If reality TV shows bore any resemblance to real life, we could all dismiss our unwanted employees with the nonchalance and dramatic gesticulations of "The Donald." But few of us have the power, privilege, chutzpah, or coiffure to make firing someone look quite that easy. Most business guides concur on the methods and procedures for handling this trickiest of tasks, but the real world of the restaurant is much more rough around the edges than the ivory-tower ideals of the HR office. The cooks and kitchen staff we deal with can be a pretty odd bunch, and language problems and a hectic work pace contribute to a complex work environment. Here’s a plan that will help lessen the unpleasantness of the termination process.
Start with a frank discussion with a problem employee.
Be direct and outline exactly what level of performance you expect. Always back your argument up with solid facts and incidents. If the worker’s performance does not improve, prepare to let him or her go.
Delay firing until you feel calm and can make a clearheaded decision.
Even following an ugly incident, never fire when you are angry; your rash action could end up punishing your staff and yourself by causing scheduling problems resulting from the dismissal. Let the staff know that you regard the incident as unacceptable, then put on your poker face. Line up a replacement before kicking the culprit out of your place. Of course, if the employee poses an actual danger, he or she must be sacked immediately.
Before you fire, document your case in writing, noting specific incidents and actions.
Documentation will help present a clear justification for firing, and if your action is challenged legally, you will have a paper trail in place and will not have to reconstruct your case from memory. When the time comes to dismiss, ask another representative from management to be present to back you up and act as a witness.
Terminate the employee in a face-to-face meeting.
This is the polite and respectful way to proceed. If at all possible, have the employee work a half-shift but pay the person for the whole day. If this is not feasible, let him or her finish service. Most people will resent being called in to work just to get canned.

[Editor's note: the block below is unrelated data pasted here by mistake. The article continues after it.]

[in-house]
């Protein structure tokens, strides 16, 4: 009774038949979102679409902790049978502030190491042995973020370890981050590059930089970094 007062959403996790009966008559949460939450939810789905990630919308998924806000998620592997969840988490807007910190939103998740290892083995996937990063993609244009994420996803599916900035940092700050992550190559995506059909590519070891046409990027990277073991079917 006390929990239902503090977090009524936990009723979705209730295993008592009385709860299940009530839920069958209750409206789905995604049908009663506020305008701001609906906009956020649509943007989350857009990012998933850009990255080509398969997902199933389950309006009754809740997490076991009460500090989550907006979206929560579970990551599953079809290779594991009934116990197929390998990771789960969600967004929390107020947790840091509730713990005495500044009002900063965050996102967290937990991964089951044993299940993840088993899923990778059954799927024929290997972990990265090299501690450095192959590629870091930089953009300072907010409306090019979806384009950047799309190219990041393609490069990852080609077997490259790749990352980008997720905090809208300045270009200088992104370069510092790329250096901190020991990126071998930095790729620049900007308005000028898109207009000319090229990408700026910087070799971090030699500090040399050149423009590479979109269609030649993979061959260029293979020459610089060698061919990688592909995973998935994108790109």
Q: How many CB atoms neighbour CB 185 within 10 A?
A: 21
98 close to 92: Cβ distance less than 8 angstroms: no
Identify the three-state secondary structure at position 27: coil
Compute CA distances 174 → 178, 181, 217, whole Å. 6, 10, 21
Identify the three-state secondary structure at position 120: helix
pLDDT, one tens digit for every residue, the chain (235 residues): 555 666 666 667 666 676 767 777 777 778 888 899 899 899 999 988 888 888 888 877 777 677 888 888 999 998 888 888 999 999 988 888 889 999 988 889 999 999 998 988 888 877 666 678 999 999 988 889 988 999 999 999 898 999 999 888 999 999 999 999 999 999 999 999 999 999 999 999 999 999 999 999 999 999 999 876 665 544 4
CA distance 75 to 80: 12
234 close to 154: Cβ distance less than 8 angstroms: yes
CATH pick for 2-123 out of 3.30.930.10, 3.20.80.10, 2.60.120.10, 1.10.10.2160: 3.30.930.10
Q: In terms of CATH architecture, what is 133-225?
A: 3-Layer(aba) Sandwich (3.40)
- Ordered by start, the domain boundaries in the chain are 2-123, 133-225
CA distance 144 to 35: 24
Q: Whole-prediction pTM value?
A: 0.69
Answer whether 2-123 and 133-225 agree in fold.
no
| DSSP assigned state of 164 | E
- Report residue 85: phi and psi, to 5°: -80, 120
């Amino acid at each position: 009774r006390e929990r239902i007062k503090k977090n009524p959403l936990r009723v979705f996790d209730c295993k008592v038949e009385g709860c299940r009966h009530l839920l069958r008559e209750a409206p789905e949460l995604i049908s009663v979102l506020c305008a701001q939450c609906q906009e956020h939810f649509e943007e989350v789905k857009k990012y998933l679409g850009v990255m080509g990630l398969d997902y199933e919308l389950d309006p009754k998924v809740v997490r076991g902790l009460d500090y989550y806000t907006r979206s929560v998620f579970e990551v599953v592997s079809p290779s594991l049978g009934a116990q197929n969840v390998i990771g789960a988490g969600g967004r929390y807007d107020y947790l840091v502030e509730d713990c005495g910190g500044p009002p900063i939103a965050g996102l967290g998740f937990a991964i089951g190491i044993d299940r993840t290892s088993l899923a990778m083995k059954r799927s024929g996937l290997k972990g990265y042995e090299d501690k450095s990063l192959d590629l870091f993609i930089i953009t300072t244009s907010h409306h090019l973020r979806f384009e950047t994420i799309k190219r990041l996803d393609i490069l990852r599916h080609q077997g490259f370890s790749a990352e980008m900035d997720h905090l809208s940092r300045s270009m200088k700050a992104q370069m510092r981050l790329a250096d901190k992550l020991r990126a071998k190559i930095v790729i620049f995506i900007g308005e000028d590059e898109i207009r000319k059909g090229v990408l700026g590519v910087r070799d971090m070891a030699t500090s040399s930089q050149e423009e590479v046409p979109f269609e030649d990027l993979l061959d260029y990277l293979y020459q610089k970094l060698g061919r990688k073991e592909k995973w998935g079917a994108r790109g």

Proceed in a businesslike and compassionate fashion.
The act of firing may be stressful for you, but it is much worse for the person being let go, who will suffer a huge blow to his or her pride. Help the worker understand why this is being done. He or she will still be thinking like an employee, so make it seem as if the worker is "taking one for the team." Assure the staffer that there is nothing personal involved and the firing is strictly a business decision, then listen to the employee’s response.
Never set a date for the employee to leave.
The best policy is to let him or her go immediately. People who have to be fired for disciplinary reasons are often argumentative at the firing, so be ready to firmly but politely cut them off with an "I'm sorry you feel that way." Present them with your paperwork and wish them well. Let the worker know that you are more than happy to help them find another position---an offer that few will accept.
Why We Fire
Most people are fired because they just don't see eye to eye with their superiors or they behave in a manner that would have landed them an "F" in school. Here are some of the main reasons for letting workers go.
1. They can't cut the mustard, let alone fillet the salmon. They are too slow, make too many costly mistakes, or simply don't have the skills, training, or talent to accomplish the job.
2. They talk back, goof off, and disrupt the work flow. They disappear from their stations and nibble away at mise en place. They are insubordinate to managers or rude and disrespectful to guests.
3. They are repeatedly late, AWOL, or show up still feeling the effects of the night before. They miss excessive amounts of work and put a strain on their coworkers.
4. They are troublemakers. They challenge decisions and purposely don't follow instructions, they take shortcuts, or they change recipes. They conspire and create dissension in the ranks.
5. They take property that doesn't belong to them, commit an act of violence, or sexually harass or endanger others. These employees must be summarily dismissed.